• One Magic player said Skiles seemed “miserable” in the last few months of the season, and the coach has grown increasingly weary with the attitudes of NBA players, as The Vertical’s Chris Mannix hears. Ultimately, the coach’s resignation underscores the need for a tight bond between NBA coaches and front offices, Mannix believes.
  • Michigan State swingman Denzel Valentine and forward/center Deyonta Davis, Marquette power forward Henry Ellenson and Canadian prep school power forward Thon Maker are among the draft prospects the Magic have interviewed at this week’s combine, The Sentinel’s Josh Robbins reports.

Southeast Notes: Skiles, Felder, Swanigan, Chriss

Already fired three times in his NBA coaching career, Orlando resident Scott Skiles was concerned how it might impact his family if he met that fate with the Magic, says Adrian Wojnarowski in a video on The Vertical. Wojnarowski reports that some officials in the Magic organization were “livid” after Skiles announced his decision to resign from his post today after one season of a four-year contract. Others were relieved, saying “every day was a battle” with Skiles, who became less enamored with his roster as time went on.

Skiles was never a fan of point guard Elfrid Payton, according to Wojnarowski, which put him at odds with GM Rob Hennigan. Ownership and Magic CEO Alex Martins pushed hard to hire Skiles last summer in an effort to bring more discipline to the team, but he and Hennigan never meshed and their partnership was strained to the end.

There’s more out of the Southeast Division:

  • The Magic have interviewed Kay Felder, a junior point guard out of Oakland, tweets Rod Beard of The Detroit News. Felder, who turned heads with his 44-inch vertical jump, said, “I never tested because I always felt I was a great leaper.” (Twitter link).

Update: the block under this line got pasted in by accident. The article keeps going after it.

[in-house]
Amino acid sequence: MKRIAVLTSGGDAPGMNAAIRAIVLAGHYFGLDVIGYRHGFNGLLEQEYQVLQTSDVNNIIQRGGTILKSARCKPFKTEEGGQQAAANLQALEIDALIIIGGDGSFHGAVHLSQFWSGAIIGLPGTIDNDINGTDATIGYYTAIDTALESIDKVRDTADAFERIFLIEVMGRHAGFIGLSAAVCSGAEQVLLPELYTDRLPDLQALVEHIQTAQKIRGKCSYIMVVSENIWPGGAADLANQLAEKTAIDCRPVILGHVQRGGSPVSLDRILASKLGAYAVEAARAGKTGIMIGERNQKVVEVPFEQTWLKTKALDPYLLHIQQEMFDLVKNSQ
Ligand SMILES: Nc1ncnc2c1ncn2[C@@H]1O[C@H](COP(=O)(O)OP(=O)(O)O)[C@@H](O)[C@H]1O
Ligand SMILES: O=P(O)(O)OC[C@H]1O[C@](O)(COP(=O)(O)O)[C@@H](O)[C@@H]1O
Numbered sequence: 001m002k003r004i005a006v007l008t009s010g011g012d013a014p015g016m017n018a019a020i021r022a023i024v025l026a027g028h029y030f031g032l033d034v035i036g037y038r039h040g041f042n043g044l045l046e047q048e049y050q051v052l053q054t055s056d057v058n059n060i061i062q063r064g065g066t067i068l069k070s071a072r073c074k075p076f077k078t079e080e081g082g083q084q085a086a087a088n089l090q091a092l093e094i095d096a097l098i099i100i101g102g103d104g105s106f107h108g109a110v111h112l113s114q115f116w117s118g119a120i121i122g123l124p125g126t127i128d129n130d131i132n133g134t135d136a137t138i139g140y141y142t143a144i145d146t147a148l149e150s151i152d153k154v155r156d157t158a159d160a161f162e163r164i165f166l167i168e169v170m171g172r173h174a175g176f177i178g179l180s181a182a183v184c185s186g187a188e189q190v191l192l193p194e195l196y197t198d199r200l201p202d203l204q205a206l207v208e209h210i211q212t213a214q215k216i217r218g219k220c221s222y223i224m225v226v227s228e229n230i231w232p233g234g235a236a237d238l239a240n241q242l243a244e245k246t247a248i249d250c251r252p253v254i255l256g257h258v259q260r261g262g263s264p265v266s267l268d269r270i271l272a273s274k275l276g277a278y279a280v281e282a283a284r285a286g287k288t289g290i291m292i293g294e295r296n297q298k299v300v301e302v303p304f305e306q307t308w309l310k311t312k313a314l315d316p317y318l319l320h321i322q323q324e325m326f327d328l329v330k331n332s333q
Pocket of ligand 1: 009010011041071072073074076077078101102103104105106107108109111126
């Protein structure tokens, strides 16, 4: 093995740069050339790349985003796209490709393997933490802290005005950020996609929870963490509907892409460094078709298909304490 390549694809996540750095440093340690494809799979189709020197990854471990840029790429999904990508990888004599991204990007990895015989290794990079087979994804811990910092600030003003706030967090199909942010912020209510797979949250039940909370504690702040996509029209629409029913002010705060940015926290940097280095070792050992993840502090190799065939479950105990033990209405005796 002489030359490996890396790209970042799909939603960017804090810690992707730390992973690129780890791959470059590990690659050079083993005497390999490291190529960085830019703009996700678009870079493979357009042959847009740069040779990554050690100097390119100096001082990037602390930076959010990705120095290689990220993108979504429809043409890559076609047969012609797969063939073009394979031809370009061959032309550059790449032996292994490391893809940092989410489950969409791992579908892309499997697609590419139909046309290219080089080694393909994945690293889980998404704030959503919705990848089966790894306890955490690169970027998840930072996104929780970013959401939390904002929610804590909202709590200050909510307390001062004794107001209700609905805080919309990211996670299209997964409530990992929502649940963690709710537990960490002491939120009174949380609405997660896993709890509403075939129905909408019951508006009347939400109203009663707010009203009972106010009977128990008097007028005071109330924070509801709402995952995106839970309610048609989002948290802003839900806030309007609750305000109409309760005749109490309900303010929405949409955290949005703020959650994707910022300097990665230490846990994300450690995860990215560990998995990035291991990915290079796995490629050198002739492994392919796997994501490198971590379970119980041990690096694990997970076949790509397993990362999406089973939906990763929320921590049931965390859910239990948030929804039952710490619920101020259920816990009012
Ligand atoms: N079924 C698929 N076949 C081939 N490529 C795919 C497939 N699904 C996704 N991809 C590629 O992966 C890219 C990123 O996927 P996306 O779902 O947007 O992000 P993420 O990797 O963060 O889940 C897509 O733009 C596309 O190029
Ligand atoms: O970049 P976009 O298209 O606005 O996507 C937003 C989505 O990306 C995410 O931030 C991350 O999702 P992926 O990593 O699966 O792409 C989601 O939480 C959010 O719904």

• Purdue freshman power forward Caleb Swanigan plans a workout with the Hawks for after the combine, writes Nathan Baird of The Lafayette Journal & Courier. Swanigan suffered an injury to his left calf last week in a session with the Spurs and had to cancel workouts with other teams. He said he’s still deciding whether to stay in the draft or return to school. “If an NBA team tells me they think I have an opportunity to come and help their organization in the next few years, even if it’s not right away but it’s going to be soon and they have a vision for me, than I think that’s where I’ll go,” Swanigan said.
  • The Hawks met with Washington freshman power forward Marquese Chriss, according to Chris Vivlamore of The Atlanta Journal-Constitution (Twitter link).
  • Connecticut sophomore shooting guard Daniel Hamilton interviewed with the Hornets and expressed a desire to play with UConn alum Kemba Walker, tweets Rick Bonnell of The Charlotte Observer.

Odds & Ends: Rockets, McLemore, Horford

The future looks very bright for the Rockets, and Jonathan Feigen of Ultimate Rockets hears from GM Daryl Morey that the organization is set on building around the current core of players: “We’re very excited about the foundation…We were careful to make sure all the key pieces could stay. People are going to see mostly the same team back next year because of that." Considering that they're a young team that pushed the Thunder to six games after being down three games to none – along with the emergence of Patrick Beverley - it's difficult to disagree with the optimism in Houston. Here are a few more miscellaneous links we've gathered up tonight: 
  • Eric Prisbell of USA Today reports that NBA draft hopeful Ben McLemore's AAU coach received cash and other benefits in order to help influence the former Kansas Jayhawk to leave college after one season and declare for the draft. 
  • Hoopsworld's Steve Kyler tweets that Al Horford is a player that the Hawks would like to keep rather than trade as the team handles a roster that could be in heavy flux. 
  • Kyler also says that the front runners to sign Josh Smith this summer will be the teams that miss out on Dwight Howard (Twitter link). 
  • Magic CEO Alex Martins doesn't foresee a long rebuilding period in Orlando and is confident that the team can return to title contention in the near future (John Denton of 
  • Hawks GM Danny Ferry feels that the 2012-13 season was a very significant year in terms of taking the initial steps toward becoming a contender and likes the flexibility that his team has moving forward (ESPN via the Associated Press). 
  • Tim Kawakami of the Bay Area News Group looks back on the 10 most important moves the Warriors made to build the team that starts the second round Sunday against the Spurs.
  • According to a report from Sportando, Leones de Ponce of Baloncesto Superior Nacional in Puerto Rico have released Garret Siler and replaced him with Mike Harris

Chuck Myron of Hoops Rumors contributed to this post.